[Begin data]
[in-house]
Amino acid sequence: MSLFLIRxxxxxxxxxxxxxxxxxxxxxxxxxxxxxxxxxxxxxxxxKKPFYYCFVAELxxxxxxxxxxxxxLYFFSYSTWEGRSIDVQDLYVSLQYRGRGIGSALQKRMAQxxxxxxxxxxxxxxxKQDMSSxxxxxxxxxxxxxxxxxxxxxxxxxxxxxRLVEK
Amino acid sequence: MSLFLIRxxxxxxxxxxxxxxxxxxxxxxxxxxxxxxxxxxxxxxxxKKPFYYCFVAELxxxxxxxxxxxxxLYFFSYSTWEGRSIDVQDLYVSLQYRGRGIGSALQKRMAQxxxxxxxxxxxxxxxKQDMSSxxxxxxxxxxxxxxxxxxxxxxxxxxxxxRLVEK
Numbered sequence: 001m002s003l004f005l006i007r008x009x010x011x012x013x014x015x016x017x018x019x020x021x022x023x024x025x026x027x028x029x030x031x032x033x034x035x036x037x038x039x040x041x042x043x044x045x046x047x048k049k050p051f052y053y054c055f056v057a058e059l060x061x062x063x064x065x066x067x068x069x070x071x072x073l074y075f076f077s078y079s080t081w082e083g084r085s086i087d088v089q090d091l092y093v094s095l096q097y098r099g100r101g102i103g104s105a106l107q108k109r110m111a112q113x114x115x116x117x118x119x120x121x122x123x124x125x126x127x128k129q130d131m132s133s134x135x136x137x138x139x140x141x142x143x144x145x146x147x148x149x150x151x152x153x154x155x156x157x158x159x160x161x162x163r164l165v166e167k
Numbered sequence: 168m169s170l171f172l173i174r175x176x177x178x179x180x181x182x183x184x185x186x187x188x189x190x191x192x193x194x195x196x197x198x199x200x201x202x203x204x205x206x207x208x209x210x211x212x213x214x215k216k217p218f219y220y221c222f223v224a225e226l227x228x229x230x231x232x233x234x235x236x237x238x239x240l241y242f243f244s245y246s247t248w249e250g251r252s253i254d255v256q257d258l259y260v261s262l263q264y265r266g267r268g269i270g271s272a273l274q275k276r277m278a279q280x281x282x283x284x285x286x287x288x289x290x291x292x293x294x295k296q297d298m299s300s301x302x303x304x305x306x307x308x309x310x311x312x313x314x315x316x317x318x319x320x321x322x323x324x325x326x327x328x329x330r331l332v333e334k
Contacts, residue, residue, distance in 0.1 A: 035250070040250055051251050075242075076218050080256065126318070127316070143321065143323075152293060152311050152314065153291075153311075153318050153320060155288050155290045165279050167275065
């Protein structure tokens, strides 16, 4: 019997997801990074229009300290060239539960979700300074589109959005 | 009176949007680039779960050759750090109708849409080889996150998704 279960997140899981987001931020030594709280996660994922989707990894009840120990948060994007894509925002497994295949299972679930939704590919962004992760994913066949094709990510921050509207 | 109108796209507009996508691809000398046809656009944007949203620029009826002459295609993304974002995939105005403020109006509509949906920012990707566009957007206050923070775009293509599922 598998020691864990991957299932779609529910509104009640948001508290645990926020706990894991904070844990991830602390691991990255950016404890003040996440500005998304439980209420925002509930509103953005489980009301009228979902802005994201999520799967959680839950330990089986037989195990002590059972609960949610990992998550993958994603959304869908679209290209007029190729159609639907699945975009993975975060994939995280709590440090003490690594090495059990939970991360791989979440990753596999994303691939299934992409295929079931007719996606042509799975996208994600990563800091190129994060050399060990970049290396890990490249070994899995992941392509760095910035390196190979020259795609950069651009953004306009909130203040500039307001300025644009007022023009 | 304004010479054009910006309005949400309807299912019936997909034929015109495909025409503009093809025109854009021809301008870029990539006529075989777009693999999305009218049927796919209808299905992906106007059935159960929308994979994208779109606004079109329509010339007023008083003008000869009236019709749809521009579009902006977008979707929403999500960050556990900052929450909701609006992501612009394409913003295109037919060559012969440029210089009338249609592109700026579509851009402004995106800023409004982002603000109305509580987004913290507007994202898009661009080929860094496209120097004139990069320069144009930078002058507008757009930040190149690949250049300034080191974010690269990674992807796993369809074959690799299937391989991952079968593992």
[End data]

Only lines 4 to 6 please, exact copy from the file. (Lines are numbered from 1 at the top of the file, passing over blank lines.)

Numbered sequence: 001m002s003l004f005l006i007r008x009x010x011x012x013x014x015x016x017x018x019x020x021x022x023x024x025x026x027x028x029x030x031x032x033x034x035x036x037x038x039x040x041x042x043x044x045x046x047x048k049k050p051f052y053y054c055f056v057a058e059l060x061x062x063x064x065x066x067x068x069x070x071x072x073l074y075f076f077s078y079s080t081w082e083g084r085s086i087d088v089q090d091l092y093v094s095l096q097y098r099g100r101g102i103g104s105a106l107q108k109r110m111a112q113x114x115x116x117x118x119x120x121x122x123x124x125x126x127x128k129q130d131m132s133s134x135x136x137x138x139x140x141x142x143x144x145x146x147x148x149x150x151x152x153x154x155x156x157x158x159x160x161x162x163r164l165v166e167k
Numbered sequence: 168m169s170l171f172l173i174r175x176x177x178x179x180x181x182x183x184x185x186x187x188x189x190x191x192x193x194x195x196x197x198x199x200x201x202x203x204x205x206x207x208x209x210x211x212x213x214x215k216k217p218f219y220y221c222f223v224a225e226l227x228x229x230x231x232x233x234x235x236x237x238x239x240l241y242f243f244s245y246s247t248w249e250g251r252s253i254d255v256q257d258l259y260v261s262l263q264y265r266g267r268g269i270g271s272a273l274q275k276r277m278a279q280x281x282x283x284x285x286x287x288x289x290x291x292x293x294x295k296q297d298m299s300s301x302x303x304x305x306x307x308x309x310x311x312x313x314x315x316x317x318x319x320x321x322x323x324x325x326x327x328x329x330r331l332v333e334k
Contacts, residue, residue, distance in 0.1 A: 035250070040250055051251050075242075076218050080256065126318070127316070143321065143323075152293060152311050152314065153291075153311075153318050153320060155288050155290045165279050167275065